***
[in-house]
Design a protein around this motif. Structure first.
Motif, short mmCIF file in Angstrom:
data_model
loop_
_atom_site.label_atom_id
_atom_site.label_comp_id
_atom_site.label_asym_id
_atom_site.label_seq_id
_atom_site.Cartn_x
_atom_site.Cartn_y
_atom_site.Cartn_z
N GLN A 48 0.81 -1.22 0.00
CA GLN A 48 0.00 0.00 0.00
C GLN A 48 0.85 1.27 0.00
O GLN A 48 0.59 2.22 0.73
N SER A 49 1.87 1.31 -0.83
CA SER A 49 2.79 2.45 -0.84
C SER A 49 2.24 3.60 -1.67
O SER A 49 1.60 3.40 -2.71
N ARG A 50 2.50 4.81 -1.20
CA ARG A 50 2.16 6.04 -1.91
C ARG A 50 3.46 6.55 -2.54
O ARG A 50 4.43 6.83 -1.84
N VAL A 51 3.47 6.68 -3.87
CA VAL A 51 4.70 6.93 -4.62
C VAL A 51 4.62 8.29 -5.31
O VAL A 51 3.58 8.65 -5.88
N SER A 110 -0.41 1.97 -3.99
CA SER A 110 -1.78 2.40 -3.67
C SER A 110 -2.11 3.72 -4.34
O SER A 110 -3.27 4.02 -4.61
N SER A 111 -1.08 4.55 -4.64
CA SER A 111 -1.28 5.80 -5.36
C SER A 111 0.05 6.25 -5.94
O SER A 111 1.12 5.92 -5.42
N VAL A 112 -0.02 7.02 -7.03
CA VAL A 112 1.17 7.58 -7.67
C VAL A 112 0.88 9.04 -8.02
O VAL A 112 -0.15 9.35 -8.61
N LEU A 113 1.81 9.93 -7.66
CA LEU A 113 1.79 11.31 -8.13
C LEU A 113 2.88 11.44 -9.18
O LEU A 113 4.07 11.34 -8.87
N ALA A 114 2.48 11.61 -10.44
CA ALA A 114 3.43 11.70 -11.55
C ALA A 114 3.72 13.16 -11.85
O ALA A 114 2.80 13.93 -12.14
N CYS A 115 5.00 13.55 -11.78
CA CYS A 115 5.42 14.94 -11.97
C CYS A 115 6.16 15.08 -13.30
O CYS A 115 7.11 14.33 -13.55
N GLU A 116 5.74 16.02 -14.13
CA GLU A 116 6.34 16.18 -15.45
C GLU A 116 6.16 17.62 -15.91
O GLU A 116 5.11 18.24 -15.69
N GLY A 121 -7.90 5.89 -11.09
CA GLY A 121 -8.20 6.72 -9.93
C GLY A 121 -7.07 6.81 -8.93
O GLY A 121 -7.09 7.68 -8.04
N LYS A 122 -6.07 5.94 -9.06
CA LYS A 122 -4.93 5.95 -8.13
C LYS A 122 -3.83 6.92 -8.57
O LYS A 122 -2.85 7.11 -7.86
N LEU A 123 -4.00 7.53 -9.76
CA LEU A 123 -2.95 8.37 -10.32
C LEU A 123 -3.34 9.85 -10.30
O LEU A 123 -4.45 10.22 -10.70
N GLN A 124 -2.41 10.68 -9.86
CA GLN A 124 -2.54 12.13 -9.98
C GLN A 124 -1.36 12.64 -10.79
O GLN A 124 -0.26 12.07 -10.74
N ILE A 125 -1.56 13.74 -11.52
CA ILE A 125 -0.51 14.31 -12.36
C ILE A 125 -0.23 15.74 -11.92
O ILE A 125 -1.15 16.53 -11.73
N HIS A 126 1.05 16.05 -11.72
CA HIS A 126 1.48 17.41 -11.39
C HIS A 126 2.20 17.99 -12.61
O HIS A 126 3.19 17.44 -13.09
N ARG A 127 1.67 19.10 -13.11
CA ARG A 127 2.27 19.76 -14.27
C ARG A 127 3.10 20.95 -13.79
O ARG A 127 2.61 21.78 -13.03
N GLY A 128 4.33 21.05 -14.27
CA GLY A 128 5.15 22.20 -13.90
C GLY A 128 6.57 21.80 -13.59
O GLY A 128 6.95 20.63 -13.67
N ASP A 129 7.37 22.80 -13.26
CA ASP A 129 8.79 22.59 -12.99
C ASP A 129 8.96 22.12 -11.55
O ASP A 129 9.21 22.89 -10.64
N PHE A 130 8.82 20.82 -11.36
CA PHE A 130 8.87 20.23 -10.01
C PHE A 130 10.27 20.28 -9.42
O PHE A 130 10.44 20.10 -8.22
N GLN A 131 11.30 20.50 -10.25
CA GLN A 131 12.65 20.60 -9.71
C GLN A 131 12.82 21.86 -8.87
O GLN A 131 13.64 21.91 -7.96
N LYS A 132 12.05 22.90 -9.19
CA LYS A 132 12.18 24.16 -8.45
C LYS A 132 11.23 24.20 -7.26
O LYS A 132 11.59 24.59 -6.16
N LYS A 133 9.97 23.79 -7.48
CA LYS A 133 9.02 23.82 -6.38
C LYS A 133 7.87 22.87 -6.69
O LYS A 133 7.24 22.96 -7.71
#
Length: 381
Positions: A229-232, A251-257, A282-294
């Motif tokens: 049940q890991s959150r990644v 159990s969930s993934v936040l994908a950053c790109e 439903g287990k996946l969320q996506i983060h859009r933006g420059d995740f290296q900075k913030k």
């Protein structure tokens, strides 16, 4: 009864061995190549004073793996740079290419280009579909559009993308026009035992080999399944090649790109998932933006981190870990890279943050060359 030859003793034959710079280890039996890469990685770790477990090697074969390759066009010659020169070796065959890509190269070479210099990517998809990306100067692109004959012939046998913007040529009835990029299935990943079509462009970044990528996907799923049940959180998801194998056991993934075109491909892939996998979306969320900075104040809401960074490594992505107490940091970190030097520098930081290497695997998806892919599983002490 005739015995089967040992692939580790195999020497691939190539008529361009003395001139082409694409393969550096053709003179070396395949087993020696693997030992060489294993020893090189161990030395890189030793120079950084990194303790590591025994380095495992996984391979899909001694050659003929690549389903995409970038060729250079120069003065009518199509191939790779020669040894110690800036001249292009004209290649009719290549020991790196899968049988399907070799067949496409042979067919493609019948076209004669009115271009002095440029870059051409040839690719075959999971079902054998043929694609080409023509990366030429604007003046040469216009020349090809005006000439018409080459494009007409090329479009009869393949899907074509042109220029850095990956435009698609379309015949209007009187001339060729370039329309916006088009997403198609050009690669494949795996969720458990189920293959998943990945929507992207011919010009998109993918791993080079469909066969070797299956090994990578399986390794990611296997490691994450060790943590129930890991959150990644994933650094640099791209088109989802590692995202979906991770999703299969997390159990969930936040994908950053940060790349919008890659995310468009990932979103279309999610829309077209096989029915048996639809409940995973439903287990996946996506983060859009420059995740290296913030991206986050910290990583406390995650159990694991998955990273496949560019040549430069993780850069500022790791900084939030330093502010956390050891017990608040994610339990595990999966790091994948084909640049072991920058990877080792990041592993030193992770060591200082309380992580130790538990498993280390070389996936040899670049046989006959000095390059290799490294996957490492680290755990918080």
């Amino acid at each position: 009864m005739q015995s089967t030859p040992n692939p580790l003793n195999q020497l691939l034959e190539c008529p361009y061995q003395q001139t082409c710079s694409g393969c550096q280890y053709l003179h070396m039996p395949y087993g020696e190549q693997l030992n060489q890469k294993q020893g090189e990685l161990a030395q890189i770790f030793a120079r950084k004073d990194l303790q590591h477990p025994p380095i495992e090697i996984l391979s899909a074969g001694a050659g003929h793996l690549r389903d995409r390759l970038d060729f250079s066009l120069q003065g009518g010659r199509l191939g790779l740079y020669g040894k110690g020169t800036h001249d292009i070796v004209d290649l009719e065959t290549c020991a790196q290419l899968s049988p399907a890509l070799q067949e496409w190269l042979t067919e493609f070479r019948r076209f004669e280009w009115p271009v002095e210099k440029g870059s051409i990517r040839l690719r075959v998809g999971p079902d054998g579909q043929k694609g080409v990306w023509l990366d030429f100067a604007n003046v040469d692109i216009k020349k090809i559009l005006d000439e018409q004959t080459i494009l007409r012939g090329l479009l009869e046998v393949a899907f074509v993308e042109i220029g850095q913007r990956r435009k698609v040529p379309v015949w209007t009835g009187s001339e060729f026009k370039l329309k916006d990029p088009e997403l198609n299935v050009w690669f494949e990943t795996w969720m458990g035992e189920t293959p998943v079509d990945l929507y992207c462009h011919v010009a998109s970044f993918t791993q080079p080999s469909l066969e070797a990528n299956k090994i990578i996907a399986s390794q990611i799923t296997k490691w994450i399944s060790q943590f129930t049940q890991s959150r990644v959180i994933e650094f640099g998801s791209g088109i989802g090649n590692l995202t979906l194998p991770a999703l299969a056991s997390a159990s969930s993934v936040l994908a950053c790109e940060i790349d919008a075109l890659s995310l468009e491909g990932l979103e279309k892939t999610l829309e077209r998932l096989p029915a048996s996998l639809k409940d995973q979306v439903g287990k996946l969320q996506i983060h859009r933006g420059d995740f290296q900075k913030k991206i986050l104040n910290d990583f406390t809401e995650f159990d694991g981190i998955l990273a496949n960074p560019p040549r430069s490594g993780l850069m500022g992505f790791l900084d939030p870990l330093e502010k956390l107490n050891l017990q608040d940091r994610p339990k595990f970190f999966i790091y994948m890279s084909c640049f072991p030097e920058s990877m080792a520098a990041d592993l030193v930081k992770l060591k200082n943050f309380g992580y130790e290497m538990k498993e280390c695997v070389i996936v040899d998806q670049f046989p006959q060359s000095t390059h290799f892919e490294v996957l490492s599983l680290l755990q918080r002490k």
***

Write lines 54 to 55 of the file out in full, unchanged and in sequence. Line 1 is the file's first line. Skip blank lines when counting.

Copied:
CA GLU A 116 6.34 16.18 -15.45
C GLU A 116 6.16 17.62 -15.91